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Life insurance supersedes your estate plan

On Behalf of | Jan 15, 2024 | Estate Planning

With a life insurance policy, you have the chance to leave significant wealth to your family. Perhaps you purchased the policy when you got married, with the intention of leaving the money to your spouse. Maybe you purchased it when you had your first child, knowing that you wanted to provide for the next generation.

No matter what your goals are, you may find yourself, wondering how to include your life insurance policy in your estate plan. You have other assets to pass on, and you can use the estate plan to do things like making advance medical decisions. So how do you include life insurance?

The policy has a beneficiary designation

In most cases, you don’t need to put your life insurance in your will or in any other part of the estate plan. You do have the option to do so, such as if the policy is going to pay out into your estate when you pass away or if you would like it to pay out into a trust. But you don’t have to list the policy with other assets in your will, and doing so may not even matter.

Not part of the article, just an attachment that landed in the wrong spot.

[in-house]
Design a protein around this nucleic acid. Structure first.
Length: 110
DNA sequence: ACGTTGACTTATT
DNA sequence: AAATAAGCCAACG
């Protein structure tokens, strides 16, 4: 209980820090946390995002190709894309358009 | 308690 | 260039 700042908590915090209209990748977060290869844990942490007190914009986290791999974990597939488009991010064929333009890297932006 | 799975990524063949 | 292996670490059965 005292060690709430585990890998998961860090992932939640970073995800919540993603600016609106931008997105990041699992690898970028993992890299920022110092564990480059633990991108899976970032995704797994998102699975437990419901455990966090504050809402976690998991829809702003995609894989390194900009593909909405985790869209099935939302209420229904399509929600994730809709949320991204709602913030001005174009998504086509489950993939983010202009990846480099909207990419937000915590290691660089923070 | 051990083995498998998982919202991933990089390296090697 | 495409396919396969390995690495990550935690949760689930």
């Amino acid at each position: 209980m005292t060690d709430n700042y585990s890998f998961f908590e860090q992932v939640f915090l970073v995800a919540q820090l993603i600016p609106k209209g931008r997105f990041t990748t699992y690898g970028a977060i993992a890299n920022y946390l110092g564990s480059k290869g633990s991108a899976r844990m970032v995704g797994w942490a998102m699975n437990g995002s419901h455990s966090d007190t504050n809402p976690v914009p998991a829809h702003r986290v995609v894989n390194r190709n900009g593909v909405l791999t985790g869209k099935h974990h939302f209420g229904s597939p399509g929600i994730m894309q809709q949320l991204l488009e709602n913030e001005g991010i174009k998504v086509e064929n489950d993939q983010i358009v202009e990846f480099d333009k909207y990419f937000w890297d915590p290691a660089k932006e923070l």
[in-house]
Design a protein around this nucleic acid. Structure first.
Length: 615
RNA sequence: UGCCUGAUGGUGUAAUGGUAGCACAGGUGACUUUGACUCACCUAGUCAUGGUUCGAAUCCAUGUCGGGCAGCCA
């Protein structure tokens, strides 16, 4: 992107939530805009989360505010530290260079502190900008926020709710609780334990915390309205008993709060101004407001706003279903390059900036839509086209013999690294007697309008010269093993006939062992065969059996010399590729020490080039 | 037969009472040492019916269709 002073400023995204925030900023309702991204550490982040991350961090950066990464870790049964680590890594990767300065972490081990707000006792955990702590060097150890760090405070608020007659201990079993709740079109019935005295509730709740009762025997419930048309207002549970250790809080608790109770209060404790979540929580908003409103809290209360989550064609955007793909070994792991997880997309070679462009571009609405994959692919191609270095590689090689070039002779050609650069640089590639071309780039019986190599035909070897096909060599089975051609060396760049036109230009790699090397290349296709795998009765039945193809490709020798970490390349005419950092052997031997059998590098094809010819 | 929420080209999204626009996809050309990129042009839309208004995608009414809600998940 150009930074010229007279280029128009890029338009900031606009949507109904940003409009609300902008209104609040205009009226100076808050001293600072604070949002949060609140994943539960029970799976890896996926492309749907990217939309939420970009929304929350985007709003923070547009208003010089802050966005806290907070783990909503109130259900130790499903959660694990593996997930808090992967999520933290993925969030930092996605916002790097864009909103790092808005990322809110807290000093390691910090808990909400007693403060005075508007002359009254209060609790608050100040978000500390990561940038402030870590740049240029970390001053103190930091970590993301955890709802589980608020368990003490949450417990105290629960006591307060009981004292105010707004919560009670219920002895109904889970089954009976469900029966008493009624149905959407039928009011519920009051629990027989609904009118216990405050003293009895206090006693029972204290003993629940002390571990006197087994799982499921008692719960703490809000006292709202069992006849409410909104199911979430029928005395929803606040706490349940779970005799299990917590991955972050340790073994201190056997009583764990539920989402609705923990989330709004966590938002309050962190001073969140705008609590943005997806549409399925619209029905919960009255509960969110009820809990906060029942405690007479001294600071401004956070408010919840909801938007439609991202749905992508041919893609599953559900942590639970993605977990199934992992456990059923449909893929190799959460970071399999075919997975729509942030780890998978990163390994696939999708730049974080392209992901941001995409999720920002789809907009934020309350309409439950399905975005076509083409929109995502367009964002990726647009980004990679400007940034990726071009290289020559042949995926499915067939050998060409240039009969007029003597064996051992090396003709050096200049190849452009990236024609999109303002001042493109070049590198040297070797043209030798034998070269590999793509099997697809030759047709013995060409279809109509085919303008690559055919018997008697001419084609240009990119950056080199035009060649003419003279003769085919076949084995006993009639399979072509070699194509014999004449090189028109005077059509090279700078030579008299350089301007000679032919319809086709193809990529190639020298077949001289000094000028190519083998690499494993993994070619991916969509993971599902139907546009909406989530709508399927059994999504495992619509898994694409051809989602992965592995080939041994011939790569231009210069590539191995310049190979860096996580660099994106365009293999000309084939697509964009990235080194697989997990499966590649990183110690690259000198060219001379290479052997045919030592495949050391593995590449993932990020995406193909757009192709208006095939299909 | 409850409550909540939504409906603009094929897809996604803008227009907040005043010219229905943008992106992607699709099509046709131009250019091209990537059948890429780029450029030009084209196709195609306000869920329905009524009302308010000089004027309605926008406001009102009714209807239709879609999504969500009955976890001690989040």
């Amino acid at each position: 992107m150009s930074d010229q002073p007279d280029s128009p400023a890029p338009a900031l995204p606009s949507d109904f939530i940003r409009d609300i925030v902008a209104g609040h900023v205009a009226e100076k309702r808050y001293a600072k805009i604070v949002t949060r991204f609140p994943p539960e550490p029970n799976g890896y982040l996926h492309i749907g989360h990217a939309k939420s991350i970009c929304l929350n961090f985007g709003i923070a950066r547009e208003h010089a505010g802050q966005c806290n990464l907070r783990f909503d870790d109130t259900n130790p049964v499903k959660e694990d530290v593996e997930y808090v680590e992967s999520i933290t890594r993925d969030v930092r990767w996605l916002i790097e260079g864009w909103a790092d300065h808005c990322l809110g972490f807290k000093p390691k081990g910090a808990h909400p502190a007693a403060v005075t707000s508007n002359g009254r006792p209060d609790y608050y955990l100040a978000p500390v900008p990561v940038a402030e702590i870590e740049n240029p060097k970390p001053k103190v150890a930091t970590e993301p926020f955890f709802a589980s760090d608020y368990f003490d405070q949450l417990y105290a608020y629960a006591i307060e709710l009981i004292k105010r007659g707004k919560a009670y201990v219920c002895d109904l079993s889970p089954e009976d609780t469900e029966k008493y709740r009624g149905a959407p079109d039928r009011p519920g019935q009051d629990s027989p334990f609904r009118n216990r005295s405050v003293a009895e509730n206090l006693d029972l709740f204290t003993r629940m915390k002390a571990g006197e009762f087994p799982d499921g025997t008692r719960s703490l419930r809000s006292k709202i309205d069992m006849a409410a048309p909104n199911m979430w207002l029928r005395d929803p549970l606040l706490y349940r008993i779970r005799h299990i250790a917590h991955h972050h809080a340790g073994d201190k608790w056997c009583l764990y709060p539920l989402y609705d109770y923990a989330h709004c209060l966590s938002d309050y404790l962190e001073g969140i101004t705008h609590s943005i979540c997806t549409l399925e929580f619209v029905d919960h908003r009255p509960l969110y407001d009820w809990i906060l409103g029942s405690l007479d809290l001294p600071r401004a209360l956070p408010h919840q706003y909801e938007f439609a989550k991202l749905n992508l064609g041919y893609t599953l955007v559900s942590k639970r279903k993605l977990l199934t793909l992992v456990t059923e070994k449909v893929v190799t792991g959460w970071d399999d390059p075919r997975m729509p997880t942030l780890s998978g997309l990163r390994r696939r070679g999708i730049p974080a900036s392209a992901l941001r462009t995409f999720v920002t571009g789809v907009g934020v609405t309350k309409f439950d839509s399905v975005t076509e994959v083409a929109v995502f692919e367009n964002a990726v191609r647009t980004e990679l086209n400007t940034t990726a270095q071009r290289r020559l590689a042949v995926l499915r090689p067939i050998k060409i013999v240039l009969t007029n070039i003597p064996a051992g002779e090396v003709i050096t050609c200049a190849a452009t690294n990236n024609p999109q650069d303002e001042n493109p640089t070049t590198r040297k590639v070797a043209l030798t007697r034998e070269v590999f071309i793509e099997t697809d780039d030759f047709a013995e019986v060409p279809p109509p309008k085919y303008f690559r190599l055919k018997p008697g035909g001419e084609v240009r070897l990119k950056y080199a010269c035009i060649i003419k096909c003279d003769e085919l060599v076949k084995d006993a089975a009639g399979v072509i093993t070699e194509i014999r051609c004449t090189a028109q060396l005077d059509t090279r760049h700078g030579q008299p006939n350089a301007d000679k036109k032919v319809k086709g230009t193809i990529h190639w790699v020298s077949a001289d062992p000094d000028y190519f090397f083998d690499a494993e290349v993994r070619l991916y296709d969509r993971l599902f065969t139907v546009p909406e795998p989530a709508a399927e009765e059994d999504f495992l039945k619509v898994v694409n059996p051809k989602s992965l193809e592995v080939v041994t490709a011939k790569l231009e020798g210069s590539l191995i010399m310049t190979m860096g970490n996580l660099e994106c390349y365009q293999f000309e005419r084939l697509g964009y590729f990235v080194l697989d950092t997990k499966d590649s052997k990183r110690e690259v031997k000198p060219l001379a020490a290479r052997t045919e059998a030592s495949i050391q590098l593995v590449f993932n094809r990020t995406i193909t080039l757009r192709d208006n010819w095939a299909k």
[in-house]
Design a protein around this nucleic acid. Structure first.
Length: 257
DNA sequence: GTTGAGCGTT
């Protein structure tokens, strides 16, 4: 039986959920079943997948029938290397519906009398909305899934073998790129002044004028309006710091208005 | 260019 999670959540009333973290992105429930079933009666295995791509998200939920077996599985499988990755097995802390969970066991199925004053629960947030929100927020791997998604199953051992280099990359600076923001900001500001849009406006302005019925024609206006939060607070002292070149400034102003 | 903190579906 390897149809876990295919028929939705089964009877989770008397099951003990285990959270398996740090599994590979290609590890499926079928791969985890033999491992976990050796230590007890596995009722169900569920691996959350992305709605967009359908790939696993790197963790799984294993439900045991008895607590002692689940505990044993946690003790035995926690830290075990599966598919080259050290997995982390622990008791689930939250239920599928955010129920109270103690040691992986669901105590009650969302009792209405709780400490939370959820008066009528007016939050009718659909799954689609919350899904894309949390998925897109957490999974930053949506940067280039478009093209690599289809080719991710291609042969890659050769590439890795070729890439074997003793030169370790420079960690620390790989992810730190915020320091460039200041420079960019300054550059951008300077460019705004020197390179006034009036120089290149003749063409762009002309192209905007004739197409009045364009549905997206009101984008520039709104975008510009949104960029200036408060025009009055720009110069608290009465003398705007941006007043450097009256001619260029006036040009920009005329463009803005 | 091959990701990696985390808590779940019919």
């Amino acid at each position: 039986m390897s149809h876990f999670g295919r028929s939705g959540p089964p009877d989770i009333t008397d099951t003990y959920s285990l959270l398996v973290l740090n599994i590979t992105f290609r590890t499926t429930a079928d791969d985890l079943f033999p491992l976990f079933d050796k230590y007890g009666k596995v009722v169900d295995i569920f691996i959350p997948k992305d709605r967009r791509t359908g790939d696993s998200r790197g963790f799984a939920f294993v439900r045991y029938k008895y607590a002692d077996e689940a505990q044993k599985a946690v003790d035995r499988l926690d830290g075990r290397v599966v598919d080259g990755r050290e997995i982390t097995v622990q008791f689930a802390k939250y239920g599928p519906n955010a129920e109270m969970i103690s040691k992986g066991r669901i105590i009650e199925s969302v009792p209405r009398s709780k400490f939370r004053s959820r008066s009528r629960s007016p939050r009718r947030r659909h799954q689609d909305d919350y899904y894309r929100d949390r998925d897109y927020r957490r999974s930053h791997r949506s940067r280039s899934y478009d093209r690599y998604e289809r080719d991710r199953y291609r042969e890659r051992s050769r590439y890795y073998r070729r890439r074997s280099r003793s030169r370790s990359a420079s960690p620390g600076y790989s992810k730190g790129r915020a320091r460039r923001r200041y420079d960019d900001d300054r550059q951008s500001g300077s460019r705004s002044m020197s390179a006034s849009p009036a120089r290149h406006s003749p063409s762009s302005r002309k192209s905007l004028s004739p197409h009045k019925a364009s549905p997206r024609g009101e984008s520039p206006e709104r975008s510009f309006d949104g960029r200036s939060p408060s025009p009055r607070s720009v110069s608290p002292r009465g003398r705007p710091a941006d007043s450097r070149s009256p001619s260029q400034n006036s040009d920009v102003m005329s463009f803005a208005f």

When you first purchase that policy, you make a beneficiary designation. You tell the life insurance company who they should pay when you pass away. They’re going to follow this designation no matter what your will says.

For example, maybe you bought the policy as a new parent and you just named your firstborn child as the beneficiary. You may have had other children since then, and you want to include them as well. But, no matter what your will says, the life insurance company still only has to pay your firstborn as the named beneficiary. Unless, that is, you change it.

There can be some complex financial questions when making an estate plan. Take the time to carefully look into your legal options and keep things updated.